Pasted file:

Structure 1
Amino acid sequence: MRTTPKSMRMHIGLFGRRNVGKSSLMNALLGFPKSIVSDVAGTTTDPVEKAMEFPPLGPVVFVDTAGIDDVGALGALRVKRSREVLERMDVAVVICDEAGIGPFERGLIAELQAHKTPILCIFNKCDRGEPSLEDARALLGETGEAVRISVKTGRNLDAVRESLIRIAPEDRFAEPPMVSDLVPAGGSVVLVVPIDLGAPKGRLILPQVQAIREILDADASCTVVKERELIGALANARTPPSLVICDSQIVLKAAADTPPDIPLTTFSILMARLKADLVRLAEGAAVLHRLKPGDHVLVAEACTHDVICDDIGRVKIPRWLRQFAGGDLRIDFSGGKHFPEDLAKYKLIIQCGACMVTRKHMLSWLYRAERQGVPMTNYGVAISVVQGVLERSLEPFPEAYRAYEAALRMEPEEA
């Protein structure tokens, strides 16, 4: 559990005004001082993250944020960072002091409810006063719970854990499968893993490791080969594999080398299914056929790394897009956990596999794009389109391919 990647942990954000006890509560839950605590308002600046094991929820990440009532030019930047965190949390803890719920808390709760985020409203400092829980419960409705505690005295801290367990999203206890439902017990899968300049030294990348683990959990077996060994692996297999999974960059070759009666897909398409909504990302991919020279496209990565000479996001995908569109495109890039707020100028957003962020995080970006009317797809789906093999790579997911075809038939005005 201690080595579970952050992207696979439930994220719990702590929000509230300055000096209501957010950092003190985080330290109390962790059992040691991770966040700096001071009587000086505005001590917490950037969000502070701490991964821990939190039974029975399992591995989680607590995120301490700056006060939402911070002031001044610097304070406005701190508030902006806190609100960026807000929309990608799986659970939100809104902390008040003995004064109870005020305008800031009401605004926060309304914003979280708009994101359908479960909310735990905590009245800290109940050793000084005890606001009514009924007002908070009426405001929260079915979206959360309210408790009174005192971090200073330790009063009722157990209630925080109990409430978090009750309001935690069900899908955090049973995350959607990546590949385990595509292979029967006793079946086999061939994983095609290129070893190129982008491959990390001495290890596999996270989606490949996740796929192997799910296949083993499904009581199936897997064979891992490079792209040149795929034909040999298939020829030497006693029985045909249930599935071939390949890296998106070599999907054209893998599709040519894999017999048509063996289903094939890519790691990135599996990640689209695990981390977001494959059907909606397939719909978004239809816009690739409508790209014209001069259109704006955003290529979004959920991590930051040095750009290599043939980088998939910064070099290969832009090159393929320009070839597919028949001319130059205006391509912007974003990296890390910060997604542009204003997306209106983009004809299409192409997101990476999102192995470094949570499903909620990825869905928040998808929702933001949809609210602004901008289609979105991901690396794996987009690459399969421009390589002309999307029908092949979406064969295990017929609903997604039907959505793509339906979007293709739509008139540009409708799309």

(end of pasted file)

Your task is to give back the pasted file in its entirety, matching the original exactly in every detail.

Structure 1
Amino acid sequence: MRTTPKSMRMHIGLFGRRNVGKSSLMNALLGFPKSIVSDVAGTTTDPVEKAMEFPPLGPVVFVDTAGIDDVGALGALRVKRSREVLERMDVAVVICDEAGIGPFERGLIAELQAHKTPILCIFNKCDRGEPSLEDARALLGETGEAVRISVKTGRNLDAVRESLIRIAPEDRFAEPPMVSDLVPAGGSVVLVVPIDLGAPKGRLILPQVQAIREILDADASCTVVKERELIGALANARTPPSLVICDSQIVLKAAADTPPDIPLTTFSILMARLKADLVRLAEGAAVLHRLKPGDHVLVAEACTHDVICDDIGRVKIPRWLRQFAGGDLRIDFSGGKHFPEDLAKYKLIIQCGACMVTRKHMLSWLYRAERQGVPMTNYGVAISVVQGVLERSLEPFPEAYRAYEAALRMEPEEA
């Protein structure tokens, strides 16, 4: 559990005004001082993250944020960072002091409810006063719970854990499968893993490791080969594999080398299914056929790394897009956990596999794009389109391919 990647942990954000006890509560839950605590308002600046094991929820990440009532030019930047965190949390803890719920808390709760985020409203400092829980419960409705505690005295801290367990999203206890439902017990899968300049030294990348683990959990077996060994692996297999999974960059070759009666897909398409909504990302991919020279496209990565000479996001995908569109495109890039707020100028957003962020995080970006009317797809789906093999790579997911075809038939005005 201690080595579970952050992207696979439930994220719990702590929000509230300055000096209501957010950092003190985080330290109390962790059992040691991770966040700096001071009587000086505005001590917490950037969000502070701490991964821990939190039974029975399992591995989680607590995120301490700056006060939402911070002031001044610097304070406005701190508030902006806190609100960026807000929309990608799986659970939100809104902390008040003995004064109870005020305008800031009401605004926060309304914003979280708009994101359908479960909310735990905590009245800290109940050793000084005890606001009514009924007002908070009426405001929260079915979206959360309210408790009174005192971090200073330790009063009722157990209630925080109990409430978090009750309001935690069900899908955090049973995350959607990546590949385990595509292979029967006793079946086999061939994983095609290129070893190129982008491959990390001495290890596999996270989606490949996740796929192997799910296949083993499904009581199936897997064979891992490079792209040149795929034909040999298939020829030497006693029985045909249930599935071939390949890296998106070599999907054209893998599709040519894999017999048509063996289903094939890519790691990135599996990640689209695990981390977001494959059907909606397939719909978004239809816009690739409508790209014209001069259109704006955003290529979004959920991590930051040095750009290599043939980088998939910064070099290969832009090159393929320009070839597919028949001319130059205006391509912007974003990296890390910060997604542009204003997306209106983009004809299409192409997101990476999102192995470094949570499903909620990825869905928040998808929702933001949809609210602004901008289609979105991901690396794996987009690459399969421009390589002309999307029908092949979406064969295990017929609903997604039907959505793509339906979007293709739509008139540009409708799309």